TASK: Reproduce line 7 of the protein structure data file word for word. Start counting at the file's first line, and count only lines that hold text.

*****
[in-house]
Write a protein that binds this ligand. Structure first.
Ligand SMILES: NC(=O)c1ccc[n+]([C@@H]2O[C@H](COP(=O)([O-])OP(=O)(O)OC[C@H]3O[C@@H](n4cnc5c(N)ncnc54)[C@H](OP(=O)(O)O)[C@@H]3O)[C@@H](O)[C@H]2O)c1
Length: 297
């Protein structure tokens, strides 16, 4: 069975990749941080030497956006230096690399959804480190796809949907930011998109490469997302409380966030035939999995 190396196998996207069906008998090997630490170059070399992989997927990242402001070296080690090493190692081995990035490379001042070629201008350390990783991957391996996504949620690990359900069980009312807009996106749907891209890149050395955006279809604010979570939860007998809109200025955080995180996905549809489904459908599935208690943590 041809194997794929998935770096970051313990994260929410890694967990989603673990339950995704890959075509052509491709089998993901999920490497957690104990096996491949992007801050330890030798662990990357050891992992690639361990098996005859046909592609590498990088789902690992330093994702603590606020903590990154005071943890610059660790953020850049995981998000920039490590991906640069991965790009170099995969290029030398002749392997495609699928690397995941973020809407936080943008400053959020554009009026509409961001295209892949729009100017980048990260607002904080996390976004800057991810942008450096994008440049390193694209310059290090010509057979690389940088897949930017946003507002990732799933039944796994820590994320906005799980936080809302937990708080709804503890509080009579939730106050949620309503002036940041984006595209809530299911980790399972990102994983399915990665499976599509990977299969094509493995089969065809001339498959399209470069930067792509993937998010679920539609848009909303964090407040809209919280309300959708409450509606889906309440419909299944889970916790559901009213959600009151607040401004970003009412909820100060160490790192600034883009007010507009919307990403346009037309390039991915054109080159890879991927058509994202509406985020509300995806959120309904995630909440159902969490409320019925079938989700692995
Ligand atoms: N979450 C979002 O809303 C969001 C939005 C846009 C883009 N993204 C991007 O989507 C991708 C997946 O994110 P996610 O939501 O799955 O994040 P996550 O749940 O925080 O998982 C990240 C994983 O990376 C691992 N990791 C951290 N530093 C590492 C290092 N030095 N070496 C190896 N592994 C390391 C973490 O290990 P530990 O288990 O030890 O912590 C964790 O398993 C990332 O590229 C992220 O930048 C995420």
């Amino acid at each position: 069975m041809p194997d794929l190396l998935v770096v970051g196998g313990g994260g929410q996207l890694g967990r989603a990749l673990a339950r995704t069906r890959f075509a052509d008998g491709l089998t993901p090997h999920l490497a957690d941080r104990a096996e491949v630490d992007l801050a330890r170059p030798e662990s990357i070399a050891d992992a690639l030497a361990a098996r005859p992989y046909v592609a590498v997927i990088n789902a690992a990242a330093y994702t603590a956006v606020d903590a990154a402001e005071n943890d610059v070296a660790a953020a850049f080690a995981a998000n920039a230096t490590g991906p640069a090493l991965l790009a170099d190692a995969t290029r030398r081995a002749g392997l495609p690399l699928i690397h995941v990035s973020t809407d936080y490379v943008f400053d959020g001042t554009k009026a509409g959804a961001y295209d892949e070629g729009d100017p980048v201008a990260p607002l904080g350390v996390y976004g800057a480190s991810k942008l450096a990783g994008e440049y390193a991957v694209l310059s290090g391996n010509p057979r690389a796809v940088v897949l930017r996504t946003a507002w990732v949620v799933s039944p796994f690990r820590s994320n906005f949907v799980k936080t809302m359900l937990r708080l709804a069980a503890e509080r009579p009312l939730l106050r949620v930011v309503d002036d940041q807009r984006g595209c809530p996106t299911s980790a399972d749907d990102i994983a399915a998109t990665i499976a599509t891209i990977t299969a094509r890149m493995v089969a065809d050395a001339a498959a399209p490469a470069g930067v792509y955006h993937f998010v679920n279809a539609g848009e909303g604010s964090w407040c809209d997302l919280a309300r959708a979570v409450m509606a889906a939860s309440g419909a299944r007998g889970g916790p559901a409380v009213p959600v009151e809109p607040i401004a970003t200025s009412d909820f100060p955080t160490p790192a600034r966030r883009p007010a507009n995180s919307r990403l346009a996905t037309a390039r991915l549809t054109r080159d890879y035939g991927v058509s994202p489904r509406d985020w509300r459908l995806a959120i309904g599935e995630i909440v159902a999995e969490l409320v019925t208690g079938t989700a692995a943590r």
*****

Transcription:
């Amino acid at each position: 069975m041809p194997d794929l190396l998935v770096v970051g196998g313990g994260g929410q996207l890694g967990r989603a990749l673990a339950r995704t069906r890959f075509a052509d008998g491709l089998t993901p090997h999920l490497a957690d941080r104990a096996e491949v630490d992007l801050a330890r170059p030798e662990s990357i070399a050891d992992a690639l030497a361990a098996r005859p992989y046909v592609a590498v997927i990088n789902a690992a990242a330093y994702t603590a956006v606020d903590a990154a402001e005071n943890d610059v070296a660790a953020a850049f080690a995981a998000n920039a230096t490590g991906p640069a090493l991965l790009a170099d190692a995969t290029r030398r081995a002749g392997l495609p690399l699928i690397h995941v990035s973020t809407d936080y490379v943008f400053d959020g001042t554009k009026a509409g959804a961001y295209d892949e070629g729009d100017p980048v201008a990260p607002l904080g350390v996390y976004g800057a480190s991810k942008l450096a990783g994008e440049y390193a991957v694209l310059s290090g391996n010509p057979r690389a796809v940088v897949l930017r996504t946003a507002w990732v949620v799933s039944p796994f690990r820590s994320n906005f949907v799980k936080t809302m359900l937990r708080l709804a069980a503890e509080r009579p009312l939730l106050r949620v930011v309503d002036d940041q807009r984006g595209c809530p996106t299911s980790a399972d749907d990102i994983a399915a998109t990665i499976a599509t891209i990977t299969a094509r890149m493995v089969a065809d050395a001339a498959a399209p490469a470069g930067v792509y955006h993937f998010v679920n279809a539609g848009e909303g604010s964090w407040c809209d997302l919280a309300r959708a979570v409450m509606a889906a939860s309440g419909a299944r007998g889970g916790p559901a409380v009213p959600v009151e809109p607040i401004a970003t200025s009412d909820f100060p955080t160490p790192a600034r966030r883009p007010a507009n995180s919307r990403l346009a996905t037309a390039r991915l549809t054109r080159d890879y035939g991927v058509s994202p489904r509406d985020w509300r459908l995806a959120i309904g599935e995630i909440v159902a999995e969490l409320v019925t208690g079938t989700a692995a943590r």